A visit to Bali can be a journey of discovery, a journey through time where you learn that Hinduism was introduced to the area from India and adopted by the Majapahit Javanese, the dominant force of the time. Bali was conquered in the 9th century and fell under the influence of the Majapahit empire. In the 14th and 15th centuries the influence of the Javanese began to wane and in 1540, Bali was united under Dewa Agungk, a powerful and charismatic ruler.
In 1597 the Dutch came and went as they were unable to exert any influence on the defiantly individual Balinese and didn't return for 250 years. Sir Stamford Raffles visited but his plans for a trading station came to nothing and in 1817 it was all handed back to the Dutch.
There are many influences of this mixed past to be seen on the Indonesian island today, adding to its popularity as a holiday spot.
Jim Elliott is an Australian painter and nine years ago built a villa for himself, incorporating traditional Balinese architecture with modern, western conveniences for his creative needs. Friends who were impressed by the simple elegance and comfort of Jim's efforts encouraged him to build villas for them.
The formula is a simple one a private villa that is a world within a world, four walls holding lush gardens, individual thatched roofed bungalows centred around a deep water swimming pool and touched off with the latest audio visual equipment.
As many of the villas were built purely as holiday getaways, the owners decided to rent them out, originally to family and friends, but when word spread and the demand grew, Villas Bali Hotel & Spa was born.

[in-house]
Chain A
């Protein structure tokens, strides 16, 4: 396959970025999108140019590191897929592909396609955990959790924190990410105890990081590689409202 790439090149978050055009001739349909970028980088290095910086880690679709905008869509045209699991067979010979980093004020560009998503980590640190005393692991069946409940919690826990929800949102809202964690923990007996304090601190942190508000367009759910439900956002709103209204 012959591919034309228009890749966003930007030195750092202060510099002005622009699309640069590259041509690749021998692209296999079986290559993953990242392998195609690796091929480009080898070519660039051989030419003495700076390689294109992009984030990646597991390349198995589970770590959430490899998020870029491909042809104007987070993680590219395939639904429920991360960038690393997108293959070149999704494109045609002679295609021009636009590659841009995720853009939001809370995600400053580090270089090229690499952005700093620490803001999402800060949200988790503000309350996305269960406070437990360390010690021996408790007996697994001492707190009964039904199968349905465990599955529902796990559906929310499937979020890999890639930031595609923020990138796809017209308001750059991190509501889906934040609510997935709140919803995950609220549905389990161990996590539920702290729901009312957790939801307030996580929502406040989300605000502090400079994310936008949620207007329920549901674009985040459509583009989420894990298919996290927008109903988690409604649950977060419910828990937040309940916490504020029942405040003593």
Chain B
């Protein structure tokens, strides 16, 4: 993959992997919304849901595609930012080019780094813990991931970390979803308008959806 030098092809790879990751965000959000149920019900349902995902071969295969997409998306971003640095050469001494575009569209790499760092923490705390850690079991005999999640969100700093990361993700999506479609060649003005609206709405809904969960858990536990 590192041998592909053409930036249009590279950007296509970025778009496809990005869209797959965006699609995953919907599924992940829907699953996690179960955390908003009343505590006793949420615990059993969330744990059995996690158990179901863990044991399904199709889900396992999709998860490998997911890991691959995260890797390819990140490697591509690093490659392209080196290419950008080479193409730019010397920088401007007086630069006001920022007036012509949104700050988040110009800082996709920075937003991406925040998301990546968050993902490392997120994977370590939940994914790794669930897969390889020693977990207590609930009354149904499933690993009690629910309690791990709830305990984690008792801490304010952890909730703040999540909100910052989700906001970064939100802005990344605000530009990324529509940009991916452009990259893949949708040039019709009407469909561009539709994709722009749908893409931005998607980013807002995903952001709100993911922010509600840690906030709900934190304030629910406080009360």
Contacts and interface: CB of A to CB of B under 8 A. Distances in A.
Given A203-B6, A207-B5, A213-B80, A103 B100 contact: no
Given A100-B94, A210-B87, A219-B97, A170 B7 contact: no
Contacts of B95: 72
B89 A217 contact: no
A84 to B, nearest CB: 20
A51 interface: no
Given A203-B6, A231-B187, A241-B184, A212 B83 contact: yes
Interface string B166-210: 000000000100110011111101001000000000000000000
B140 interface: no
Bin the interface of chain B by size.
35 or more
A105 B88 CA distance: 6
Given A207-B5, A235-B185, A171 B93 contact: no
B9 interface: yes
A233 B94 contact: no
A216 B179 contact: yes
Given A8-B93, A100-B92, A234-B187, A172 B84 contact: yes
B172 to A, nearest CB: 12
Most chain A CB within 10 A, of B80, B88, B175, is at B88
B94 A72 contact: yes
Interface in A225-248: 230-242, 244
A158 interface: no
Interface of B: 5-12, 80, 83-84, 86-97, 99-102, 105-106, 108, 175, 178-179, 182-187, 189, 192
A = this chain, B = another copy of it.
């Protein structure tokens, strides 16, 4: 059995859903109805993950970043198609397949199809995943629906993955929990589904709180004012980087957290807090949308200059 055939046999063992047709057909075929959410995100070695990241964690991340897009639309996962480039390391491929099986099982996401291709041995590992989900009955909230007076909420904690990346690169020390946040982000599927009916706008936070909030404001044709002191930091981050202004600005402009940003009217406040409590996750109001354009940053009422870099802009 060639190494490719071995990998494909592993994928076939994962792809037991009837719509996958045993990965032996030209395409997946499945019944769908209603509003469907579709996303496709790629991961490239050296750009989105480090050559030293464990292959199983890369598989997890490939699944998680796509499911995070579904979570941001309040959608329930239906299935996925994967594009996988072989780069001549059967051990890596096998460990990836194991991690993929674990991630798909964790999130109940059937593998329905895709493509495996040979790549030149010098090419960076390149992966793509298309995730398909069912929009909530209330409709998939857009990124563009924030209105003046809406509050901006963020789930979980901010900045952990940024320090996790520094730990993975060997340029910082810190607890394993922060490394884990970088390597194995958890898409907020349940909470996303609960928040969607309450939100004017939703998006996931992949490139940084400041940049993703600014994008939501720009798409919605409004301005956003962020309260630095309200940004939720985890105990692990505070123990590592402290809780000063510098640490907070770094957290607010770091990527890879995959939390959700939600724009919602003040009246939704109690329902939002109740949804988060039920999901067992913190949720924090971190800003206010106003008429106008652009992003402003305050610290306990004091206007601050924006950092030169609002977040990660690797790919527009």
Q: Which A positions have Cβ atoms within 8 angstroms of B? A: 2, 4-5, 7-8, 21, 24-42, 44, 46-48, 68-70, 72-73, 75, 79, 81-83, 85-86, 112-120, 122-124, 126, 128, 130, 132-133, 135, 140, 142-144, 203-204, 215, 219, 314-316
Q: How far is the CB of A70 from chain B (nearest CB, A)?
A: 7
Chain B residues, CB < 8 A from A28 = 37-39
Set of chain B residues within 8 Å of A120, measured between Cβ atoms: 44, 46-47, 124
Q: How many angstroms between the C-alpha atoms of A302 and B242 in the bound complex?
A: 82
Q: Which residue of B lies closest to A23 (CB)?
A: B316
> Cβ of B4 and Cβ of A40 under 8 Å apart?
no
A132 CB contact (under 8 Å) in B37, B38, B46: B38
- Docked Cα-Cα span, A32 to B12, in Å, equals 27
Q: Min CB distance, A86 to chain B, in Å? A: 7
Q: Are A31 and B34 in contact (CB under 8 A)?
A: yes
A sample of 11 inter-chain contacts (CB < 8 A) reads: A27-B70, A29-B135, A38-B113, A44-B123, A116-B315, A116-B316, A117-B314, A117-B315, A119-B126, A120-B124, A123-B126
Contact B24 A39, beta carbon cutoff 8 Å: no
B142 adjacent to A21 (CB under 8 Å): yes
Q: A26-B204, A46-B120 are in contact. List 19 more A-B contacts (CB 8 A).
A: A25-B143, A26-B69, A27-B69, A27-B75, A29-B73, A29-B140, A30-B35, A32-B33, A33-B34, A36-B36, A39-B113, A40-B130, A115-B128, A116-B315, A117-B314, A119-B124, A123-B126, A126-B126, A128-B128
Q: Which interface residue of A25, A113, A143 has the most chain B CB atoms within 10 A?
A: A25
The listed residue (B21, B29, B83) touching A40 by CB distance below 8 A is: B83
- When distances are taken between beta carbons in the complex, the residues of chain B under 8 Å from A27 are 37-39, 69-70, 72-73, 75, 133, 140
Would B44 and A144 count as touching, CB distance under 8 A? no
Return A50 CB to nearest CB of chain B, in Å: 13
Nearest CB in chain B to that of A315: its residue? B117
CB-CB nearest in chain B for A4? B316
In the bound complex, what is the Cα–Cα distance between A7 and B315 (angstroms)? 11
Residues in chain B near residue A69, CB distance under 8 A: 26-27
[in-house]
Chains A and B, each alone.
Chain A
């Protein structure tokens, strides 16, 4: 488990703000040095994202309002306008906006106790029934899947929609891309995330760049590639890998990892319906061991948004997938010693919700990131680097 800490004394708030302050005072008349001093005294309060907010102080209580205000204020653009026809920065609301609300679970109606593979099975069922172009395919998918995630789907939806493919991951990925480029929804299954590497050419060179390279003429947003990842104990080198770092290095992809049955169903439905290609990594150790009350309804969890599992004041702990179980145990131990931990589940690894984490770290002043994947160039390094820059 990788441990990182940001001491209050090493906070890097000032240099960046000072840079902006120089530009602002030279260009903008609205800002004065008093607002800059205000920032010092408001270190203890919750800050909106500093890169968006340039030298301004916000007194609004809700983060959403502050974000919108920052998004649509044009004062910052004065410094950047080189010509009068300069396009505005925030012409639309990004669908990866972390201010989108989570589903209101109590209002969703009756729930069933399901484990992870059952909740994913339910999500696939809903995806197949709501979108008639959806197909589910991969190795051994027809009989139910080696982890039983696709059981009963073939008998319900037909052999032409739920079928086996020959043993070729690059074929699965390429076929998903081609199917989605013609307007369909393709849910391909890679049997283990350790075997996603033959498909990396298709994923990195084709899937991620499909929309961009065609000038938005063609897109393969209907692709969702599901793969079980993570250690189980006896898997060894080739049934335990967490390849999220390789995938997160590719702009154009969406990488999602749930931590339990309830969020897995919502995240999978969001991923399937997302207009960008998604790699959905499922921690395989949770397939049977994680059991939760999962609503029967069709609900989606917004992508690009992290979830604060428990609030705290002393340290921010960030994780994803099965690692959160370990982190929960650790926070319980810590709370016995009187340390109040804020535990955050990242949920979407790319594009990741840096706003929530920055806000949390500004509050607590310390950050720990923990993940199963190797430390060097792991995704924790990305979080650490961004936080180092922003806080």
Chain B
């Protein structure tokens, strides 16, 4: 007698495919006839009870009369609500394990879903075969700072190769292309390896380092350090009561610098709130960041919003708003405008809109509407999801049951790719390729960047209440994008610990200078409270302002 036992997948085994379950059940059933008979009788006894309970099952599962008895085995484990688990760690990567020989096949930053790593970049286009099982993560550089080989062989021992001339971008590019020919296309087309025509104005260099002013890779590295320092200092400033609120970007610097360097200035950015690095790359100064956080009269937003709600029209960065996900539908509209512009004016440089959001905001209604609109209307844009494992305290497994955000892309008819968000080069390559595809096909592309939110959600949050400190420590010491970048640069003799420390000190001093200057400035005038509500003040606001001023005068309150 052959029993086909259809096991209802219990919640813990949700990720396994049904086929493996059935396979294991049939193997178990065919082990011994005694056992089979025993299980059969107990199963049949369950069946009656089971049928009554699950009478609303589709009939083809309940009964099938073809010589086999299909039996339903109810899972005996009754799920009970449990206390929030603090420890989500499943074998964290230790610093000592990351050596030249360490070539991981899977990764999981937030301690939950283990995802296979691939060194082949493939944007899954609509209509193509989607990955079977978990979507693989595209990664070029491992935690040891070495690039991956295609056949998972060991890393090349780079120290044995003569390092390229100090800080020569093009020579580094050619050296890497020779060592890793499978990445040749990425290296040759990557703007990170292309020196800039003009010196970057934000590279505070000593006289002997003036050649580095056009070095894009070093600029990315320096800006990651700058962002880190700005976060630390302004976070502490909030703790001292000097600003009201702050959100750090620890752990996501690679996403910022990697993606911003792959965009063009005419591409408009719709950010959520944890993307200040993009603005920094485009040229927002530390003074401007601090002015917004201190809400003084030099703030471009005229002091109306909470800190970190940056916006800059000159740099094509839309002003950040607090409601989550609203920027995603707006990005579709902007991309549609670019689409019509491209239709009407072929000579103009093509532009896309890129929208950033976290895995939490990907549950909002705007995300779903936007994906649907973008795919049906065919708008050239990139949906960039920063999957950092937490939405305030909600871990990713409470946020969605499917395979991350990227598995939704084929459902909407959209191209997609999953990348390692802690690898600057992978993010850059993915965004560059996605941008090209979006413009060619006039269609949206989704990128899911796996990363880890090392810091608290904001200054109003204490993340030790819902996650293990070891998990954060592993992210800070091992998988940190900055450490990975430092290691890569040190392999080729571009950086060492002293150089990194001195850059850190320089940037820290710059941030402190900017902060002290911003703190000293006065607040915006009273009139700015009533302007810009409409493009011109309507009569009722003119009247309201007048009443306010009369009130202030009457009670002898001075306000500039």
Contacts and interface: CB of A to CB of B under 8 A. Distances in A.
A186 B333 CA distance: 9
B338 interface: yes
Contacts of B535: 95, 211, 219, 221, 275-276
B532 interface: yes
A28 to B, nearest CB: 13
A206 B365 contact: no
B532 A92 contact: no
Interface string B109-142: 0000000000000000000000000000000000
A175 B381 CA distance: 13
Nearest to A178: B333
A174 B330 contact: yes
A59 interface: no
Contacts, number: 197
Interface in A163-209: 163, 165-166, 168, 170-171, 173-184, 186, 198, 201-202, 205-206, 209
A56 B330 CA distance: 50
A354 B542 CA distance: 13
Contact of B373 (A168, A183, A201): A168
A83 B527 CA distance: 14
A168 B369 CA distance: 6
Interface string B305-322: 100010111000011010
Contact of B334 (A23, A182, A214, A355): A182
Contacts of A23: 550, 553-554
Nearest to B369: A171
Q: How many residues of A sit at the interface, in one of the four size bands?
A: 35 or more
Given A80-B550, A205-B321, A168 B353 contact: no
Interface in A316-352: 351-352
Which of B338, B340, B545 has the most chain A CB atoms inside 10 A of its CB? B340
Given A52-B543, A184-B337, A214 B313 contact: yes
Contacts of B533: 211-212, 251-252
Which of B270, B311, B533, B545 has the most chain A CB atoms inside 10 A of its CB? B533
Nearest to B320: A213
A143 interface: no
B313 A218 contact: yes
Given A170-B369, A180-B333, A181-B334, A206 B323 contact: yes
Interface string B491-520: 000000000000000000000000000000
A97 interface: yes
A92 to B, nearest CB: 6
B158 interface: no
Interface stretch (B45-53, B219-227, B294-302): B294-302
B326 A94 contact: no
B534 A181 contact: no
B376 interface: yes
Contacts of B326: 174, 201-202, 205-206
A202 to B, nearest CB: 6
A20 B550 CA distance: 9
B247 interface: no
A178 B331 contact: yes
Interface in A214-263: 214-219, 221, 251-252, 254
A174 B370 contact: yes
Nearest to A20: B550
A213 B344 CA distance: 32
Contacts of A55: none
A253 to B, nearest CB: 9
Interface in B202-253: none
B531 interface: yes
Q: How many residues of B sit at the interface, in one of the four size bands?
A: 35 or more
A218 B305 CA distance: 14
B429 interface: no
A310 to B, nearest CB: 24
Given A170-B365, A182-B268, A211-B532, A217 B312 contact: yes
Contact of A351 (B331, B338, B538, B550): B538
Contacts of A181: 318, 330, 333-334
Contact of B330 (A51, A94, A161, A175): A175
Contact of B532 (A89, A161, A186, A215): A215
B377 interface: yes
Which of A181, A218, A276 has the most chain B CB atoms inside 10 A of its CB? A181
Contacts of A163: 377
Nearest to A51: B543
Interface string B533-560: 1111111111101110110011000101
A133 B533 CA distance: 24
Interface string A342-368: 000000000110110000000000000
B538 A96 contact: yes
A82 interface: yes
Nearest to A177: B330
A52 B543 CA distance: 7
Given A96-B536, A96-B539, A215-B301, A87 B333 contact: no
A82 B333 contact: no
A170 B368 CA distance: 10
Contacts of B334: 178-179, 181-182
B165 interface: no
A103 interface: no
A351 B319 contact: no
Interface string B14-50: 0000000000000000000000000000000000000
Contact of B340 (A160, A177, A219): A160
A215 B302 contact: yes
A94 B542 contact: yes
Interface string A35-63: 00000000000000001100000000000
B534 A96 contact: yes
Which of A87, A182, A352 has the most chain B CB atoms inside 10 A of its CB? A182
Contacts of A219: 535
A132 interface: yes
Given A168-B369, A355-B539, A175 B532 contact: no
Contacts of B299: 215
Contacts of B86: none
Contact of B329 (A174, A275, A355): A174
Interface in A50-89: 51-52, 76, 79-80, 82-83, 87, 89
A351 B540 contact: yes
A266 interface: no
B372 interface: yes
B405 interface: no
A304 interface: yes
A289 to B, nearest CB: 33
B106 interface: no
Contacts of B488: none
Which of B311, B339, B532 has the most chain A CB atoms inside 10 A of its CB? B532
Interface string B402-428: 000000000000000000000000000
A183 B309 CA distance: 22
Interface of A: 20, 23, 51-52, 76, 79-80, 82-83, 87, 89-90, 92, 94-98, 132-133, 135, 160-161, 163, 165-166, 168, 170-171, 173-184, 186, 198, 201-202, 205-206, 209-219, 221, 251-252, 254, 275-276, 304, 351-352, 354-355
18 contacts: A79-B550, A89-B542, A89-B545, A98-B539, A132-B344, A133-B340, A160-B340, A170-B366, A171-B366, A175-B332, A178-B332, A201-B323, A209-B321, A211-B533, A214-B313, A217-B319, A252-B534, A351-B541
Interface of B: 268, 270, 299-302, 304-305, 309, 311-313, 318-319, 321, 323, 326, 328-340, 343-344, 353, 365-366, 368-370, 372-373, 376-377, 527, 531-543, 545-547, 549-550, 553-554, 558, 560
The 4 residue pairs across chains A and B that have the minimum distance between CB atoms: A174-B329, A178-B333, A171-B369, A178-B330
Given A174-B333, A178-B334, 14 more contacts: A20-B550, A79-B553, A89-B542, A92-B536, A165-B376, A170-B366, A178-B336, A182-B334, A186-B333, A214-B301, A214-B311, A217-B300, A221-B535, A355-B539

Each villa has its own kitchen where guests can prepare meals or have a chef prepare a private dinner for two or a barbecue dinner for a group. Full breakfast is provided each day and can be taken in your villa or in the courtyard of Prana restaurant.
Each of the 16, one-bedroom villas has a private entrance and garden, separate dining area, air-conditioned bedrooms and mosquito nets, en suite bathrooms, television, internet, maxi bar and housekeeper.
There are seven two-bedroom villas with identical bedrooms opening onto a large pool, sunbathing area and beautiful gardens. They have fully equipped kitchens and separate dining and lounge areas.
The 25 three-bedroom villas have two identical bedrooms and the third is a separate round villa, located across the garden from the other two. All three open onto a large pool and have all the facilities of the other villas.
Prana Spa, a riot of colours with décor inspired by the legendary moguls of 16th century Rajistan, takes you into a world of amazing opulence. It is relaxed and exotic at the same time with arches and corridors, turrets, carved elephant heads and walls resembling palace battlements. There are lavish carpets, hand-painted ceilings, mosaics and carvings and dreams of pampering by skilled therapists in elaborate treatment rooms and plunge pools.
Prana Restaurant uses organic vegetables, as well as special herbal ingredients and cleansing drinks. For those with more conventional tastes, they also offer traditional Balinese and western meals.
Seminyak is a favourite with locals and expats and is alive with up-market shopping, international-standard eating places, lively bars and a long stretch of golden beach.